But this year, led by state Sen. Frank W. Wagner, R-Virginia Beach, legislators set aside $1.5 million for research grants and asked participating schools to work together in choosing worthy projects.
Three of the four projects selected this spring focus on wind; algae is the fourth.
Wagner hopes the consortium can become a magnet for private companies wanting to invest in green power in Virginia, as well as for federal grants supporting alternative-energy projects.
The Bush administration has signaled its intent to appropriate billions of dollars for such research, as the United States seeks to wea n itself from oil, especially foreign oil.
“This gets us in the game,” Wagner said. “This is about the future, about creating opportunities while making ourselves more energy independent.”
Hatcher, the consortium ‘s director, said he first explored biofuels in the late 1970s. At the time, the U.S. government was still stinging from the OPEC oil embargo and was seeking alternative-energy proposals from academia.
Money and interest soon dried up, Hatcher recalled, as gasoline prices stabilized and Middle East politics calmed.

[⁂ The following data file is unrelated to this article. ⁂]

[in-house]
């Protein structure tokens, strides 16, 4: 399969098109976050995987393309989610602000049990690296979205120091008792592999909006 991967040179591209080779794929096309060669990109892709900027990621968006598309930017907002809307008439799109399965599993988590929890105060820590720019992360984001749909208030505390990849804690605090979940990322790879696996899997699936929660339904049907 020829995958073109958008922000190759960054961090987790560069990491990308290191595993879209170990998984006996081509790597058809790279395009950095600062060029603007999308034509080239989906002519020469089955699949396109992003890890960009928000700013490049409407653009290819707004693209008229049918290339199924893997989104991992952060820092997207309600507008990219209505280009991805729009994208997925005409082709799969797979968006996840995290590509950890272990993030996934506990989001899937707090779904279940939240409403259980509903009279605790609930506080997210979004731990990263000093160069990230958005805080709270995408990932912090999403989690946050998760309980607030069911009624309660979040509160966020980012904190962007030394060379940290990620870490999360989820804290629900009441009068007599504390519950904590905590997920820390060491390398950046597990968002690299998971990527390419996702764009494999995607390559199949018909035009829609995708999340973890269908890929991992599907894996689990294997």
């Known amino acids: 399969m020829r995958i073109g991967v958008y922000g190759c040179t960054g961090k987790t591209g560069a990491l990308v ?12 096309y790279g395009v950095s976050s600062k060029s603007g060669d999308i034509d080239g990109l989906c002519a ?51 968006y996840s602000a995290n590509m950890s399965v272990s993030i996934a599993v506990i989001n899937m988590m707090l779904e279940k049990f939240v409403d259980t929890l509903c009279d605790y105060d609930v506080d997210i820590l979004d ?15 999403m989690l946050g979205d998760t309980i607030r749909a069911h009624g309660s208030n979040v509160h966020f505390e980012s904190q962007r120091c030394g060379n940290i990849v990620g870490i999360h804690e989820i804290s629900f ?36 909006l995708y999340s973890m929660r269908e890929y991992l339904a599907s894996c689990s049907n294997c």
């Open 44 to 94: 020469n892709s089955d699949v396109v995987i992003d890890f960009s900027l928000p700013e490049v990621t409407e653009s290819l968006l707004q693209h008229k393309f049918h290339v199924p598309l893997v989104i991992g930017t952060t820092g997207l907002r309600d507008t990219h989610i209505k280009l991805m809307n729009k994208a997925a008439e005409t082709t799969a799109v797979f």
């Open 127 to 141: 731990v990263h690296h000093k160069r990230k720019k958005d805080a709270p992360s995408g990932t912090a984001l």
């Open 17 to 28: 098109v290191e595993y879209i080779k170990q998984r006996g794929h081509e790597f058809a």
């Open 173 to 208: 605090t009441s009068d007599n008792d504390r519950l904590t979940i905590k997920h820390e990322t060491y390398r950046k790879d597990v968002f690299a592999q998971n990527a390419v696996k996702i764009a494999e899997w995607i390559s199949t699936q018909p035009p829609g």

Only now, as foreign wars continue and concerns about global warming increase, is the federal government again seeking alternative-energy answers.
ODU researchers could find only one place where algae is being grown in treated sewage, then converted into biofuel: New Zealand.
The envisioned facility in Norfolk, at full tilt, could make about 200 gallons of biofuel a day, Hatcher said. The product could be sold as a vehicle fuel or burned at a power plant to generate electricity.
Hatcher’s chief research partner, Margaret Mulholland, also an ODU scientist, already is growing the specialized algae in her campus lab.
The species, Botryococcus braunii, is best known as a nuisance weed in Australian lakes, but it exists naturally in Virginia and elsewhere on the mid-Atlantic coast, Mulholland said.
The species seems so right for the experiment, she said, because of its high fat content – meaning it can produce more oil than corn, soybeans or other biofuel staples.
Mulholland will oversee the algae’s “harvesting” at a sewage plant operated by the Hampton Roads Sanitation District, located next door to ODU on the Elizabeth River.
She said the environmental benefits could extend far beyond clean, domestic fuel.
Raising algae, she said, will soak up nutrients in wastewater at the sewage plant, thus helping the Chesapeake Bay, which suffers from excessive nutrients discharged by such treatment plants.
Furthermore, the algae will need carbon dioxide, a greenhouse gas linked to global warming. So, Mulholland said, if power plants that emit carbon dioxide could pump their gases into the algae tanks for food, they effectively would be fighting global warming.
“To me, it’s the most attractive solution,” she said. “We could help the Bay, reduce our carbon footprint, and create a biofuel source with existing resources and infrastructure. I mean, how efficient is that?”
By Scott Harper
30 June 2007